REVIEWS

Victory Super Sheriff 100 | REVIEW

Published 4 months ago on November 10, 2023

By Guitar Interactive Magazine

Victory Super Sheriff 100 | REVIEW

MSRP: (UK) £1999 / (US) $TBC

100 watts of organic, valve-driven British rock tone can be attained with the long-awaited Victory Super Sheriff amp head. Designed to take over from the Sheriff 44, this beast has all of the power and gain you could ever need—simple in design, but with plenty of versatility! Featuring a dedicated 'Vintage' channel, it has two gain modes (clean and crunch), both of which are voiced to capture that late '60s and early '70s blues-rock sound. The 'Hot Rod' channel is where you'll discover the thicker, heavier high-gain tones that transformed rock and metal in the late '70s and early 1980s. Nick Jennison tells us more.

Victory Amps has enjoyed incredible success since its founding in 2013. Their American-inspired Duchess family are some of the best-loved "pedal platform" amps on the market, and at the opposite end of the spectrum, the Kraken family has become hugely popular in hard rock and metal circles. But despite the brand's proud British heritage - and lead designer Martin Kidd's heavily modified Plexi that was the unofficial prototype for many of the early Victory designs - the British-voiced "Sheriff" family was historically something of a black sheep.

Enter the Super Sheriff - a 100w, 4-channel monster that covers the entire range of British gain from the cleanest of cleans through to outrageous metal tones and everything in between. Where its predecessor the Sheriff 44, was something of a "specialist" in '60s and '70s rock tones, the Super Sheriff is massively versatile while still retaining the simplicity and sonic authenticity that made the older Sheriffs so great.

The Super Sheriff has four distinct modes across two channels ("Vintage" and "Hot Rod"), but all four are foot-switchable. "Vintage" mode 1 is very clean indeed, with a lot of sparkle and a pleasantly "contoured" midrange. While clean sounds have historically been a weak point for many higher-gain British amps, this is absolutely not the case here, with gorgeous shimmering 80s cleans, spanky funk and even Hendrix-y breakup on tap. Mode 2 is much more traditionally "British", with shades of JTM45 and Super Lead depending on where you set the gain control. Feed it some PAFs, and you have a sound that evokes Kossoff, early Clapton and Page. With the right guitar, you'll find Blackmore and Malcolm Young ones too.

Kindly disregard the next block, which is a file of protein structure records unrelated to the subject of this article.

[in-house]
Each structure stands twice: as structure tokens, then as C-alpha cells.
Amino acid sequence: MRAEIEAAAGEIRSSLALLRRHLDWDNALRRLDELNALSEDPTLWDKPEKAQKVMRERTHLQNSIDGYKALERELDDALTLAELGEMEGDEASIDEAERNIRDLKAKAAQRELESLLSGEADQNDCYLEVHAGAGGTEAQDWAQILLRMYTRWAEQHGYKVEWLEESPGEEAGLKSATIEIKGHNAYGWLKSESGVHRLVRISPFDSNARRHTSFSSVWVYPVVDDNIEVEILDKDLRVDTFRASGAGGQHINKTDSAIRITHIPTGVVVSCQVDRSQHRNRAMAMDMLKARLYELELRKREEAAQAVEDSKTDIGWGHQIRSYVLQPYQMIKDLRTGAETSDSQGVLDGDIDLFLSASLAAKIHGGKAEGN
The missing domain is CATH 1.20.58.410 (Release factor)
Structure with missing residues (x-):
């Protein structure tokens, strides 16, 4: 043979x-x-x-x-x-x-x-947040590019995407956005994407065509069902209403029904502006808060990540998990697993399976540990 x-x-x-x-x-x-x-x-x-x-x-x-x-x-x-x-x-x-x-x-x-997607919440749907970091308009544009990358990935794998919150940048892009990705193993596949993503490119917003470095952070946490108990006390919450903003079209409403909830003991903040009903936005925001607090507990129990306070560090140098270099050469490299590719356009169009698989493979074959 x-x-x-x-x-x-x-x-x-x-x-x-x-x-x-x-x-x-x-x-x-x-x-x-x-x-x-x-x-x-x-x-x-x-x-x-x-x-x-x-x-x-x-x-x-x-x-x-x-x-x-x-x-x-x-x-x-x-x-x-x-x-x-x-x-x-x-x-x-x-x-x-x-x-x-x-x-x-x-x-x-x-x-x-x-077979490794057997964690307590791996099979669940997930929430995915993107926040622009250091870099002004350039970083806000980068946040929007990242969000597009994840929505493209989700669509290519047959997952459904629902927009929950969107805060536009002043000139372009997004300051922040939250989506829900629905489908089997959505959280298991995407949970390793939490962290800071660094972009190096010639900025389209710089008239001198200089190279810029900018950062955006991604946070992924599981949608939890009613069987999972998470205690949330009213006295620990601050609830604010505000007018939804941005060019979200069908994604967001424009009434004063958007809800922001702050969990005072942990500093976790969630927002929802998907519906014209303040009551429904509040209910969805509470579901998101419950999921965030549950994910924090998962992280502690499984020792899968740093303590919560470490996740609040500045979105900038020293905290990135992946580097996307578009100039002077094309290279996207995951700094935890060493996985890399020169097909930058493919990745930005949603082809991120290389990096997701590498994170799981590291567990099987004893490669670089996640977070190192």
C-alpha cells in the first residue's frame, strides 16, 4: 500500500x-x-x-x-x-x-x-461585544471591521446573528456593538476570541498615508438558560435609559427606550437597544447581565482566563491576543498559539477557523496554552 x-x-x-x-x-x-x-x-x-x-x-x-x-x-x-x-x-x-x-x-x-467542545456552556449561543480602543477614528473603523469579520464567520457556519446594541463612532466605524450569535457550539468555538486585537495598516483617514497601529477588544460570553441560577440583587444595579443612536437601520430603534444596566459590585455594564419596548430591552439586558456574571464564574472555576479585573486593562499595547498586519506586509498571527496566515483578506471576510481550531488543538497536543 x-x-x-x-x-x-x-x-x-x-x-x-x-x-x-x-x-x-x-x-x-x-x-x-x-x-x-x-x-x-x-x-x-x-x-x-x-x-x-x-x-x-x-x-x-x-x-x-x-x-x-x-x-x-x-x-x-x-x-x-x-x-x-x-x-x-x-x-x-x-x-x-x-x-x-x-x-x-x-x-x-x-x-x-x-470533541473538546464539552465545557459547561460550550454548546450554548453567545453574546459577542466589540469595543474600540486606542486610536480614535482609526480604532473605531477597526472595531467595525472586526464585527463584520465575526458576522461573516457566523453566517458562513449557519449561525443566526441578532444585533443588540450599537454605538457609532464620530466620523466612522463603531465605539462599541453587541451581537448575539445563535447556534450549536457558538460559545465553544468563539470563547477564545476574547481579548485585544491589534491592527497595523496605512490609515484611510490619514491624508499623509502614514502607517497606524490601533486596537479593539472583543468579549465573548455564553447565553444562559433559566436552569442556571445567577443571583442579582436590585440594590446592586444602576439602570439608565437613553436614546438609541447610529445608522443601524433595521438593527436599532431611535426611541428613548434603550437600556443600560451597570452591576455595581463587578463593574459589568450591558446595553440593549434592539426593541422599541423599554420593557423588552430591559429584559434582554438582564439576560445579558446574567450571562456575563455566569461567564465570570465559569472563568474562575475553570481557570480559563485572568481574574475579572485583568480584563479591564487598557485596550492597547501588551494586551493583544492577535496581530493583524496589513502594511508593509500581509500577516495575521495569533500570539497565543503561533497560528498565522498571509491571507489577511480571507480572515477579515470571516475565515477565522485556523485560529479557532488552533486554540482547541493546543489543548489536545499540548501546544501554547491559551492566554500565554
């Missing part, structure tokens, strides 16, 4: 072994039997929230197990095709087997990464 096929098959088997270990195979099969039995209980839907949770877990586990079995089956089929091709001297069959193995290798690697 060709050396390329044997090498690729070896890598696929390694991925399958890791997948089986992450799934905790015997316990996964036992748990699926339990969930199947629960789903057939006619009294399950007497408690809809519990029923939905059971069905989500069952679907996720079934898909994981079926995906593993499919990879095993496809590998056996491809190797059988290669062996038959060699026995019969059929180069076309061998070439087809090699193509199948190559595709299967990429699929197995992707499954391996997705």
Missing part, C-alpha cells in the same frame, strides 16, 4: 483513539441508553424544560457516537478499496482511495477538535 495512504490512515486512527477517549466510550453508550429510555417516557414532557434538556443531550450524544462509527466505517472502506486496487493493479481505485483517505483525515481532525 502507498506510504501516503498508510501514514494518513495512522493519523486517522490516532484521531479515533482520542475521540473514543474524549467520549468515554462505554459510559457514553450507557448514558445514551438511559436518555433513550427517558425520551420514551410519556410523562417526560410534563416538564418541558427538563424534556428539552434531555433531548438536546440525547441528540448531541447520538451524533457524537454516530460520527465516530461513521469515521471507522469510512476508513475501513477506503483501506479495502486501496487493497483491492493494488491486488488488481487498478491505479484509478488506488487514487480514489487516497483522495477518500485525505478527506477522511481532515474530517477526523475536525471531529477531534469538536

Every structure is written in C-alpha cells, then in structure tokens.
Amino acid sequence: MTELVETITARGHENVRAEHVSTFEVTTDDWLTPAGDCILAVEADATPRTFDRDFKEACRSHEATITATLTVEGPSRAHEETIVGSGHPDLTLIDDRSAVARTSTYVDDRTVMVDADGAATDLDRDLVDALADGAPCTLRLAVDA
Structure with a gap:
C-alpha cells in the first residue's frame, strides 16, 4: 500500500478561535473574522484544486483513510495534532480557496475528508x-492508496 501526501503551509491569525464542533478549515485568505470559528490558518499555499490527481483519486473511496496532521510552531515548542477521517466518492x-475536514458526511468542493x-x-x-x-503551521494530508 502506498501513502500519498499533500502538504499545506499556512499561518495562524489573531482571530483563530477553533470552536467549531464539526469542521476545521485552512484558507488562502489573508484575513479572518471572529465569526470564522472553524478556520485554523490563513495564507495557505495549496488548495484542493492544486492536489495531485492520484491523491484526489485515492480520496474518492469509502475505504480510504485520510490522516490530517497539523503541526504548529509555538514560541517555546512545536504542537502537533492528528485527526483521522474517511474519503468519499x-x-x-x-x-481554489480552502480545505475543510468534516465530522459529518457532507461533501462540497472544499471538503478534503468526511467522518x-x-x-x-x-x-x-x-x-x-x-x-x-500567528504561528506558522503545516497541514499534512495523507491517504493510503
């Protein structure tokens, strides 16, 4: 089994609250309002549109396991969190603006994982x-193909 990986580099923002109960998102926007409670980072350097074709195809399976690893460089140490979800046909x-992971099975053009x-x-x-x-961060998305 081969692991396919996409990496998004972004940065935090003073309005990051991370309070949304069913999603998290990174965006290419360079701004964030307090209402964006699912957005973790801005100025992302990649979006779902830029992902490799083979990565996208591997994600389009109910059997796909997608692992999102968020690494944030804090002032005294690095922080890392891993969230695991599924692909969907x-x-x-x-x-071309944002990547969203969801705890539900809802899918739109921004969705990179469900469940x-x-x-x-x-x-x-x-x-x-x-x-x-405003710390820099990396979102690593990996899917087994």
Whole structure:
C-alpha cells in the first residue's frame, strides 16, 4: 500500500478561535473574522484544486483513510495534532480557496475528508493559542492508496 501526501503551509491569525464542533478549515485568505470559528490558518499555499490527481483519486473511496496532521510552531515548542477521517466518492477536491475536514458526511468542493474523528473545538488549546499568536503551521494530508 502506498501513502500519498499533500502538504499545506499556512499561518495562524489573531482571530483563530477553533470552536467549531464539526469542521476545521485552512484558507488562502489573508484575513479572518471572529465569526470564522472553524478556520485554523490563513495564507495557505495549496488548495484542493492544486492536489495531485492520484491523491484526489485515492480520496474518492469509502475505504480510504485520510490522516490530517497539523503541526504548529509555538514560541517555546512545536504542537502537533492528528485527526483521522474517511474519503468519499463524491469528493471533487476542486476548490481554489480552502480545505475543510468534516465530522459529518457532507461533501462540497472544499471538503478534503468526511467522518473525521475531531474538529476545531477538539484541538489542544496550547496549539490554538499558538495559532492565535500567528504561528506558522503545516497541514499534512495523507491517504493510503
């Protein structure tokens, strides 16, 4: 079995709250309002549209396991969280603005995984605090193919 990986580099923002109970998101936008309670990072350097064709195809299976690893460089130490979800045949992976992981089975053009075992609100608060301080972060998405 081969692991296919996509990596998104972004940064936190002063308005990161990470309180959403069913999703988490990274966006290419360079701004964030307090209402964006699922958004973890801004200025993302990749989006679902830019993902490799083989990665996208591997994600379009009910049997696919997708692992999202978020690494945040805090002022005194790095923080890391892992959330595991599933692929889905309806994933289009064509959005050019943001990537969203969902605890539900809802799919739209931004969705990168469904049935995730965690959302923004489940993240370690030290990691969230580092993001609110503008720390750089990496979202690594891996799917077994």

The "Hot Rod" channel is much, much gainy-er. Mode 1 is like the best 800 you've ever heard but with even more "sauce" available. It'll do everything from Van Halen to early "Big 4" Thrash tones via NWOBHM and '80s Ozzy, while Mode 2 kicks it up yet another gear for Sykes-approved infinite sustaining leads and even modern metal sounds (with Bill Kelliher and Brent Hinds of Mastodon both using Super Sheriffs as part of their live rigs).

There are a couple of other very useful features in the Super Sheriff, too. It has two master volumes that can either be assigned per channel, or switched independently for the same tones at two different volume levels. There are also two "depth" and "presence" modes, each with their own knob to fine-tune the high and low-end response. The "tight" depth setting is lean and percussive like a great Super Lead, while the "loose" setting is massive and expansive with room-shaking low end. Presence mode 1 is smooth, refined and very characteristically "Victory", while mode 2 is brighter and more aggressive. You might think of mode one as "what you wish an 800 sounded like", while 2 is "what an 800 ACTUALLY sounds like".

On top of these tone-shaping features, you also have 100w of stadium-filling power, switchable down to a very manageable 30w, a clean and high-headroom effects loop and external bias points for easy maintenance. It's available in Victory's very popular 19"-wide "Heritage" headshell, or in a larger "wide body" format that's the same width as a standard 4x12 if that's the look you're into.

The Victory Super Sheriff is an encyclopaedia of British amp sounds in a compact and simple package. It's easy to dial in every conceivable flavour of "gold panel" gain, and it delivers these with impact, authority and authenticity. If British amp gain is your thing, this amp should be at the top of your "must-try" list.

For more information, please visit:

victoryamps.com

For more of our latest reviews, click here


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